Objectives This study tested the hypotheses that (1) secondary criteria (respiratory exchange ratio (RER), heart rate, blood [lactate]) traditionally used to verify the determination of maximum oxygen uptake (V̇O2max) in children can result in the acceptance of a ‘submaximal’ V̇O2max or falsely reject a ‘true’ V̇O2max and (2) the V̇O2peak recorded during a ramp test in children is comparable to the V̇O2peak achieved during supramaximal testing.
Methods Thirteen children (9–10 years) completed a ramp cycle test to exhaustion to determine their V̇O2peak. After 15 min of recovery, the participants performed a supramaximal cycle test to exhaustion at 105% of their ramp test peak power.
Results Compared with the V̇O2peak during the ramp test, a significantly lower V̇O2 was recorded at a RER of 1.00 (1.293 litre/min (SD 0.265) vs 1.681 litre/min (SD 0.295), p<0.001, n=12), at a heart rate of 195 beats/min (1.556 litre/min (SD 0.265) vs 1.721 litre/min (SD 0.318), p<0.001, n=10) and at 85% of age-predicted maximum (1.345 litre/min (SD 0.228) vs 1.690 litre/min (SD 0.284), p<0.001, n=13). Supramaximal testing yielded a V̇O2peak that was not significantly different from the ramp test (1.615 litre/min (SD 0.307) vs 1.690 litre/min (SD 0.284), p=0.090, respectively).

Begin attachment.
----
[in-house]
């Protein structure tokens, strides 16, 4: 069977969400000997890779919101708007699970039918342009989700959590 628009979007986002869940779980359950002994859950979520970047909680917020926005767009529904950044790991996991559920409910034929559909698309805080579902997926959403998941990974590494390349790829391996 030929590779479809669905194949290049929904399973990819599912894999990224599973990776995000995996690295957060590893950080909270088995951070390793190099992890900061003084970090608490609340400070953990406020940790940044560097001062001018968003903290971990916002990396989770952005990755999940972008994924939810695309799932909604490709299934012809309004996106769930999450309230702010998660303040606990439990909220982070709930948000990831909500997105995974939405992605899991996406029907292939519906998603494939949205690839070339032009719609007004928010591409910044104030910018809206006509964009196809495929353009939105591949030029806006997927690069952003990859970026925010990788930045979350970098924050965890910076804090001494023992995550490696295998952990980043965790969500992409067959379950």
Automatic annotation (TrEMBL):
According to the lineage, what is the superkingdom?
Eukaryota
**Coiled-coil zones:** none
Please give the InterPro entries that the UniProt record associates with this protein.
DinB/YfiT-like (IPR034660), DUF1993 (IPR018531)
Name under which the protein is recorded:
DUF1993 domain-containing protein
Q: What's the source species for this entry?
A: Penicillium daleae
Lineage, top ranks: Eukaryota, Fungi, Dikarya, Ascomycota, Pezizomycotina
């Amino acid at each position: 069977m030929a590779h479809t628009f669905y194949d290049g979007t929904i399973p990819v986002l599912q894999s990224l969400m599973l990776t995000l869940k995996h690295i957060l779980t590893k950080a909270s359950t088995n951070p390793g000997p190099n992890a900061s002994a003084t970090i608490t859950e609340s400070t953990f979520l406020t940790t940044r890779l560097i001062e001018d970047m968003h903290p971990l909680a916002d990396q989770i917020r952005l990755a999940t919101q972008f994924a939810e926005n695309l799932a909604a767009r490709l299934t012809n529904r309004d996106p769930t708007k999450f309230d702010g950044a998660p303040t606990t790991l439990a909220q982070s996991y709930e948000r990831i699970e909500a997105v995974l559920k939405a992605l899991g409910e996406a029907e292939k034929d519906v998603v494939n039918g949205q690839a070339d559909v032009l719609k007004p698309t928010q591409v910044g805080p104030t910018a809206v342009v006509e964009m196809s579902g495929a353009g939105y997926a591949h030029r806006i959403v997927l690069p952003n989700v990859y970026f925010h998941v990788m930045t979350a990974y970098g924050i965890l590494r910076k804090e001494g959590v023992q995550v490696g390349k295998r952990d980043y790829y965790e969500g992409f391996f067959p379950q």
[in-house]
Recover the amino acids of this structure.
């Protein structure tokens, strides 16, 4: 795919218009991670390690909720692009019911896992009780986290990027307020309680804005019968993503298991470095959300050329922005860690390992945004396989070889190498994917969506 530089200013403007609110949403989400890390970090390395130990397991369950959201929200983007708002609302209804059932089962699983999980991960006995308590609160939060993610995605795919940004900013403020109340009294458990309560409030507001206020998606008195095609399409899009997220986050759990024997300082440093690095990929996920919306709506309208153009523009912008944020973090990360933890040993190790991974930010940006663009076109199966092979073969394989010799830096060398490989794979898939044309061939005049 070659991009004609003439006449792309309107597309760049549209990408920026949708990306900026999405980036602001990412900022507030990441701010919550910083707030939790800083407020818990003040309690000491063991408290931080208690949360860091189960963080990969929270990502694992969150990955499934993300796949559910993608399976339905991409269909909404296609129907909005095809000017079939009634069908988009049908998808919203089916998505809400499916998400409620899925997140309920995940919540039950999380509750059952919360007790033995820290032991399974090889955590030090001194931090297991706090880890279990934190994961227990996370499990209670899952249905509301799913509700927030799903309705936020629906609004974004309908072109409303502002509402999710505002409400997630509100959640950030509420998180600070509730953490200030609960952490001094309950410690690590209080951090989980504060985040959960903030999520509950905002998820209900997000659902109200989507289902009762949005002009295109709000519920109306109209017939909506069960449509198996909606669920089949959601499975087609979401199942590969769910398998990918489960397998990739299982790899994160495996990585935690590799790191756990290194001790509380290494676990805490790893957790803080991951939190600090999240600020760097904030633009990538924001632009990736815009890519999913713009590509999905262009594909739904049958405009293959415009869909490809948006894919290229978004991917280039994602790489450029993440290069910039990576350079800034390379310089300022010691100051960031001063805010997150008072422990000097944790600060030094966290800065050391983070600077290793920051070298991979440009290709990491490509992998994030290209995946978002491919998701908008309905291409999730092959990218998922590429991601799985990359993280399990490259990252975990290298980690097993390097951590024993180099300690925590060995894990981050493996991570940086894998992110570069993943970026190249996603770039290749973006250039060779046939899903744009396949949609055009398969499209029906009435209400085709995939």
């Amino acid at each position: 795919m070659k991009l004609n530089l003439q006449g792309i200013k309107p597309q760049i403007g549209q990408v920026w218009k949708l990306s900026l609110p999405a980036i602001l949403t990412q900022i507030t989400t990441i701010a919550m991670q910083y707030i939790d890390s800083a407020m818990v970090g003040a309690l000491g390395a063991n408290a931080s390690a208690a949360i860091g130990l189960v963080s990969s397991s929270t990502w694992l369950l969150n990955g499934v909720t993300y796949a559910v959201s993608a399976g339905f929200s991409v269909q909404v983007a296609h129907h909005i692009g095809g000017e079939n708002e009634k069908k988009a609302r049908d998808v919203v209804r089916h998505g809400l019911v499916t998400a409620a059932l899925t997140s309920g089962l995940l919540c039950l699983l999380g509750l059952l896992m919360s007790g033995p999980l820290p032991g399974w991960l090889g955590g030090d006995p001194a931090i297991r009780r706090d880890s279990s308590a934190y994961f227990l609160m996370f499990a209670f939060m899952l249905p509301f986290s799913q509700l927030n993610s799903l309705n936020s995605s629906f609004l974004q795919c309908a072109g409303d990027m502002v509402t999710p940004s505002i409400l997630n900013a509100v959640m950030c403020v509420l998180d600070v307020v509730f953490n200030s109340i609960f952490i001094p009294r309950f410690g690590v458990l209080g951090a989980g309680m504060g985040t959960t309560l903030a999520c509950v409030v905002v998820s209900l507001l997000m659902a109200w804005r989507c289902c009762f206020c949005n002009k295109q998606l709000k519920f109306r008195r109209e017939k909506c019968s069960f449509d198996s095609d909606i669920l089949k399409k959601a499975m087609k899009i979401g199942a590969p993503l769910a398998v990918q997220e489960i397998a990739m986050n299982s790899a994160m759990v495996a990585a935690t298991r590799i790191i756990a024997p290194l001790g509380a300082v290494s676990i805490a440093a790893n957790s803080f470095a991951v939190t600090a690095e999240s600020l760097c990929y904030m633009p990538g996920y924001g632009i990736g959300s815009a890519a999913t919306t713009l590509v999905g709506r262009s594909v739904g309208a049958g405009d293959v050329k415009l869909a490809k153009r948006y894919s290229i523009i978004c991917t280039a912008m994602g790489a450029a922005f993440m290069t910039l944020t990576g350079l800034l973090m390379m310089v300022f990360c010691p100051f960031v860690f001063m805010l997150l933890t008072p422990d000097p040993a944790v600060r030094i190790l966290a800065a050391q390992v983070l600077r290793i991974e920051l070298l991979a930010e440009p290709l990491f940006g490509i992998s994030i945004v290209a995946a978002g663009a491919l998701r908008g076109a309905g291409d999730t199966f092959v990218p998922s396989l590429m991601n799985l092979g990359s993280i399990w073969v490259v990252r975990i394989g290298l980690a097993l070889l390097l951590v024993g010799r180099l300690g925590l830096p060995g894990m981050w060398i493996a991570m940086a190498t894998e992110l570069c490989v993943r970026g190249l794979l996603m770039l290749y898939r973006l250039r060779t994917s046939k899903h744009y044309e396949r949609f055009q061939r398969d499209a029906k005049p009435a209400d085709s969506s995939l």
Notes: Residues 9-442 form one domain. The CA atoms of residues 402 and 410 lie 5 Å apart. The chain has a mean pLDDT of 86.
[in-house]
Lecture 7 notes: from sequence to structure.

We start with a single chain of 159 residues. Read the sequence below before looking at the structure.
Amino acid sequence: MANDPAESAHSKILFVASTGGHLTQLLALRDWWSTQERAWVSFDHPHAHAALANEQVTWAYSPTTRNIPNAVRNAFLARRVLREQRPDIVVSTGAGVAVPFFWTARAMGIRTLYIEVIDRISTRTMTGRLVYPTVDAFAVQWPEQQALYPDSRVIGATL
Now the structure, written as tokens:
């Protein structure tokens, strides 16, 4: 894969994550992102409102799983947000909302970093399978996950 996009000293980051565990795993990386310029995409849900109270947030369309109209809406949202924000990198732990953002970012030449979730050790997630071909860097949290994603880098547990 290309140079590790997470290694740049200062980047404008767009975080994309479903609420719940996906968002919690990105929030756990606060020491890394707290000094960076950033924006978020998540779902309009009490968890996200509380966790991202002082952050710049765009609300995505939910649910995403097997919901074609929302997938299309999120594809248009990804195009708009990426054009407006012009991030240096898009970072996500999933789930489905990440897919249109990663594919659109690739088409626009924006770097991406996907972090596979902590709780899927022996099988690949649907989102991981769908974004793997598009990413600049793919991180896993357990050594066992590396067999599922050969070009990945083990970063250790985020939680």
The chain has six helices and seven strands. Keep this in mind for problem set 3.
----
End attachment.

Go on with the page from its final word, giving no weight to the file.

Conclusions The use of secondary criteria to verify a maximal effort in young people during ramp cycling exercise may result in the acceptance of a submaximal V̇O2max. As supramaximal testing elicits a V̇O2peak similar to the ramp protocol, thus satisfying the plateau criterion, the use of such tests is recommended as the appropriate method of confirming a ‘true’ V̇O2max with children.
Keywords Children, Aerobic Fitness, Fitness Testing, Supramaximal Exercise.
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